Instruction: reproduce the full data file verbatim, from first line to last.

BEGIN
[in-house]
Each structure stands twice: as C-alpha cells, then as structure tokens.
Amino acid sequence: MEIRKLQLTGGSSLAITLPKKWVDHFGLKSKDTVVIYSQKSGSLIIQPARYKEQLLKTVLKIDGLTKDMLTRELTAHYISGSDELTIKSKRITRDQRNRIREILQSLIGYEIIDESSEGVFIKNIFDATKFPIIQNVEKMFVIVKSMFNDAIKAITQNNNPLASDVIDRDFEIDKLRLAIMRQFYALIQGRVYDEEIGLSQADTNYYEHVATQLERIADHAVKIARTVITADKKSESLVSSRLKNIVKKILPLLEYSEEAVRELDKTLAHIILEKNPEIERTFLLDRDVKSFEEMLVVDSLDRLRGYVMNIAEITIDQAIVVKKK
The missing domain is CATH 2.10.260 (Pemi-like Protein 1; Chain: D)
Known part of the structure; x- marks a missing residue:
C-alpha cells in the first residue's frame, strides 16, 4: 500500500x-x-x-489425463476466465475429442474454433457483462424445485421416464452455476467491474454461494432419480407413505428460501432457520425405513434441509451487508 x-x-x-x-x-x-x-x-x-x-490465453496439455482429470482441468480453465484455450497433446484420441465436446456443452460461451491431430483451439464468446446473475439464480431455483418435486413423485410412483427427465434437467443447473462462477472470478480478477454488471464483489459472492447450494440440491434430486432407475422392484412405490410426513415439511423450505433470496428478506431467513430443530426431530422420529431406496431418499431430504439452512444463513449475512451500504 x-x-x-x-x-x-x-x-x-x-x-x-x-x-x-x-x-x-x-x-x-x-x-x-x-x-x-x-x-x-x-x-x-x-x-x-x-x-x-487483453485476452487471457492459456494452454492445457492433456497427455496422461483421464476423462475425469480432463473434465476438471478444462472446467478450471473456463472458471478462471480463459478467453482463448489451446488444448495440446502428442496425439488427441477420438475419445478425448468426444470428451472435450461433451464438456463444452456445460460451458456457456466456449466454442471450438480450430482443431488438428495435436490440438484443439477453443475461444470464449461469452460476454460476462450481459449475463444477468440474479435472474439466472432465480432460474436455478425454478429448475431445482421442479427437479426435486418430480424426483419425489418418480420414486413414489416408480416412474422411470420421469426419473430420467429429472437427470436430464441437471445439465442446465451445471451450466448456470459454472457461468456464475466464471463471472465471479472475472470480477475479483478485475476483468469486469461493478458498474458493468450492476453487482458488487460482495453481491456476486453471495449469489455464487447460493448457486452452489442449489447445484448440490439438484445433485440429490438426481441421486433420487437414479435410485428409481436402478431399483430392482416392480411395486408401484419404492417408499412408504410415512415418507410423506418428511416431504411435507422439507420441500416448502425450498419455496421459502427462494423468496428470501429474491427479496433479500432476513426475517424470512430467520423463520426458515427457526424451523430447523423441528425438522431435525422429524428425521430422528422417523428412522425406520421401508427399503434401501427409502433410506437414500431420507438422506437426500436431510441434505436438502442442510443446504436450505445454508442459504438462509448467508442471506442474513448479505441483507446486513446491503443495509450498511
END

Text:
[in-house]
Each structure stands twice: as C-alpha cells, then as structure tokens.
Amino acid sequence: MEIRKLQLTGGSSLAITLPKKWVDHFGLKSKDTVVIYSQKSGSLIIQPARYKEQLLKTVLKIDGLTKDMLTRELTAHYISGSDELTIKSKRITRDQRNRIREILQSLIGYEIIDESSEGVFIKNIFDATKFPIIQNVEKMFVIVKSMFNDAIKAITQNNNPLASDVIDRDFEIDKLRLAIMRQFYALIQGRVYDEEIGLSQADTNYYEHVATQLERIADHAVKIARTVITADKKSESLVSSRLKNIVKKILPLLEYSEEAVRELDKTLAHIILEKNPEIERTFLLDRDVKSFEEMLVVDSLDRLRGYVMNIAEITIDQAIVVKKK
The missing domain is CATH 2.10.260 (Pemi-like Protein 1; Chain: D)
Known part of the structure; x- marks a missing residue:
C-alpha cells in the first residue's frame, strides 16, 4: 500500500x-x-x-489425463476466465475429442474454433457483462424445485421416464452455476467491474454461494432419480407413505428460501432457520425405513434441509451487508 x-x-x-x-x-x-x-x-x-x-490465453496439455482429470482441468480453465484455450497433446484420441465436446456443452460461451491431430483451439464468446446473475439464480431455483418435486413423485410412483427427465434437467443447473462462477472470478480478477454488471464483489459472492447450494440440491434430486432407475422392484412405490410426513415439511423450505433470496428478506431467513430443530426431530422420529431406496431418499431430504439452512444463513449475512451500504 x-x-x-x-x-x-x-x-x-x-x-x-x-x-x-x-x-x-x-x-x-x-x-x-x-x-x-x-x-x-x-x-x-x-x-x-x-x-x-487483453485476452487471457492459456494452454492445457492433456497427455496422461483421464476423462475425469480432463473434465476438471478444462472446467478450471473456463472458471478462471480463459478467453482463448489451446488444448495440446502428442496425439488427441477420438475419445478425448468426444470428451472435450461433451464438456463444452456445460460451458456457456466456449466454442471450438480450430482443431488438428495435436490440438484443439477453443475461444470464449461469452460476454460476462450481459449475463444477468440474479435472474439466472432465480432460474436455478425454478429448475431445482421442479427437479426435486418430480424426483419425489418418480420414486413414489416408480416412474422411470420421469426419473430420467429429472437427470436430464441437471445439465442446465451445471451450466448456470459454472457461468456464475466464471463471472465471479472475472470480477475479483478485475476483468469486469461493478458498474458493468450492476453487482458488487460482495453481491456476486453471495449469489455464487447460493448457486452452489442449489447445484448440490439438484445433485440429490438426481441421486433420487437414479435410485428409481436402478431399483430392482416392480411395486408401484419404492417408499412408504410415512415418507410423506418428511416431504411435507422439507420441500416448502425450498419455496421459502427462494423468496428470501429474491427479496433479500432476513426475517424470512430467520423463520426458515427457526424451523430447523423441528425438522431435525422429524428425521430422528422417523428412522425406520421401508427399503434401501427409502433410506437414500431420507438422506437426500436431510441434505436438502442442510443446504436450505445454508442459504438462509448467508442471506442474513448479505441483507446486513446491503443495509450498511